May 6, 2013 | 1
“I create – in order not to cry.” — Painter Paul Klee
There’s little doubt that trauma can be immensely painful, often leaving deep emotional and psychological scars long after the stressful experience has passed. But can there be a silver lining?
In recent years, psychologists have become increasingly interested in the positive life changes that accompany highly stressful life events, such as being diagnosed with a chronic or terminal illness, losing a loved one, or sexual assault. This phenomenon has been referred to as posttraumatic growth, and researchers have discovered five particular areas of growth that often spring from adversity:
A possible impact of growth in these domains is heightened creativity. Indeed, some of the most eminent creators of all time have noted overcoming adversity, using their negative experiences to inspire and motivate their work. Systematic studies have also shown a high preponderance of harsh early life events (e.g., early parental loss), psychological disorders (particularly among artists), and physical illness among eminent creators.
What about the rest of us? Can we all channel our trauma in creatively productive ways? Absolutely! Various forms of creative engagement, including art therapy and expressive writing, have demonstrated therapeutic benefits. Researchers have argued that creative expression offers therapeutic benefits because they increase engagement and flow, catharsis, distraction, positive emotions, and meaning-making. And now recent research also suggests a link between posttraumatic growth and creativity.
Marie Forgeard asked 373 people from the U.S. to report all of the adverse events that they had previously experienced in their lives, and to specifically indicate which one had the greatest impact on their lives. Adverse life events included disaster, illness, accidents, and assault. The average age of the participants was 40, and 78% of the participants were female.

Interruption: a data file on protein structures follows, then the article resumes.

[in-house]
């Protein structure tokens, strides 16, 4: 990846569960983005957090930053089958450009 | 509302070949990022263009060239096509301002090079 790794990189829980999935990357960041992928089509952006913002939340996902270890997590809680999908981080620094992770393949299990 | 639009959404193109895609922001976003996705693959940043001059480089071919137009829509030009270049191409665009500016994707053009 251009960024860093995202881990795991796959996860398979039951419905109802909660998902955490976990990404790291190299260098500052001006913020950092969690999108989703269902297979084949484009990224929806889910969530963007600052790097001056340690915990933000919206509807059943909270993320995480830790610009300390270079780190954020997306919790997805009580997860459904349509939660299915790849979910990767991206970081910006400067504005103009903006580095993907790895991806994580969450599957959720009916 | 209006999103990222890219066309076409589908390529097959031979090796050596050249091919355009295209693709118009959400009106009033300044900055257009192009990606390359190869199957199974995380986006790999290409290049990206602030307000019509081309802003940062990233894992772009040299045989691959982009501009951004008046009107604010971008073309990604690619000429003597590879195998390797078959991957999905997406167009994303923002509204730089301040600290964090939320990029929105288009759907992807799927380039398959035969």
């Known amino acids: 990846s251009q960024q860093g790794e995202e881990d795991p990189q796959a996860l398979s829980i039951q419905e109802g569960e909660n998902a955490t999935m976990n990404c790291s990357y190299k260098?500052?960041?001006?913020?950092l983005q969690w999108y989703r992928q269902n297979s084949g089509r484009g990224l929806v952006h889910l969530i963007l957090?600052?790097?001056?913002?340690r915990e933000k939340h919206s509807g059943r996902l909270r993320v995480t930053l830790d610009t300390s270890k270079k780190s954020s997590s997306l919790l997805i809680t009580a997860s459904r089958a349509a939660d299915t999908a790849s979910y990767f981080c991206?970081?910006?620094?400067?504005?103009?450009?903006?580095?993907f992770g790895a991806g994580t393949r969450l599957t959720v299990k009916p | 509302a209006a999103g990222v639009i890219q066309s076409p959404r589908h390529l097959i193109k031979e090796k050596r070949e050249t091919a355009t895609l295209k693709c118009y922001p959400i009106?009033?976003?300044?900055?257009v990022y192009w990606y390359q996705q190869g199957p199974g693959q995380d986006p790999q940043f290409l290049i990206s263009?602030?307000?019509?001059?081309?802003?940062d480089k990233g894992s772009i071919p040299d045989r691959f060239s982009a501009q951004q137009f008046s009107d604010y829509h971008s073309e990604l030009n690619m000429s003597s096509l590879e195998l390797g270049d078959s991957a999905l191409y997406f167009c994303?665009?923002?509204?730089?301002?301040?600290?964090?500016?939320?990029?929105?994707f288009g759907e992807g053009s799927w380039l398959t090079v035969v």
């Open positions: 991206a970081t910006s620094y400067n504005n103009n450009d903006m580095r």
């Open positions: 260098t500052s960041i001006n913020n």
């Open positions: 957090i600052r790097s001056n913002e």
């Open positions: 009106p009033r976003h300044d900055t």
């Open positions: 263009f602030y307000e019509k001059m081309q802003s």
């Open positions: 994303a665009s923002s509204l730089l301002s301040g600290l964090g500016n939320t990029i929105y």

Overall, Forgeard found that the number of events reported by participants predicted self-perceived creative growth as well as breadth of creativity. But more interesting were the effects of the most impactful events. The amount of stress participants experienced during their most transformative adverse experiences predicted the amount of intrusive and deliberate forms of rumination that occurred after the traumatic experience. Both of these forms of rumination had an effect on posttraumatic growth in interesting ways.
Unbidden, intrusive rumination caused a decline in all five areas of growth. But this didn’t necessarily lead to bad outcomes. Declines in the perception of new possibilities for one’s life decreased self-perceptions of creative growth but actually increased breadth of creativity. Forgeard suggests that this may reflect an attempt to cope with the stress through increased creative engagement. Also, a decline in interpersonal relationships predicted increased self-perceptions of creative growth. In contrast, controlled, deliberate rumination led to an increase in all five domains of posttraumatic growth. Among these domains, positive changes in interpersonal relationships and in the perception of new possibilities for one’s life both led to increased self-perceptions of creative growth.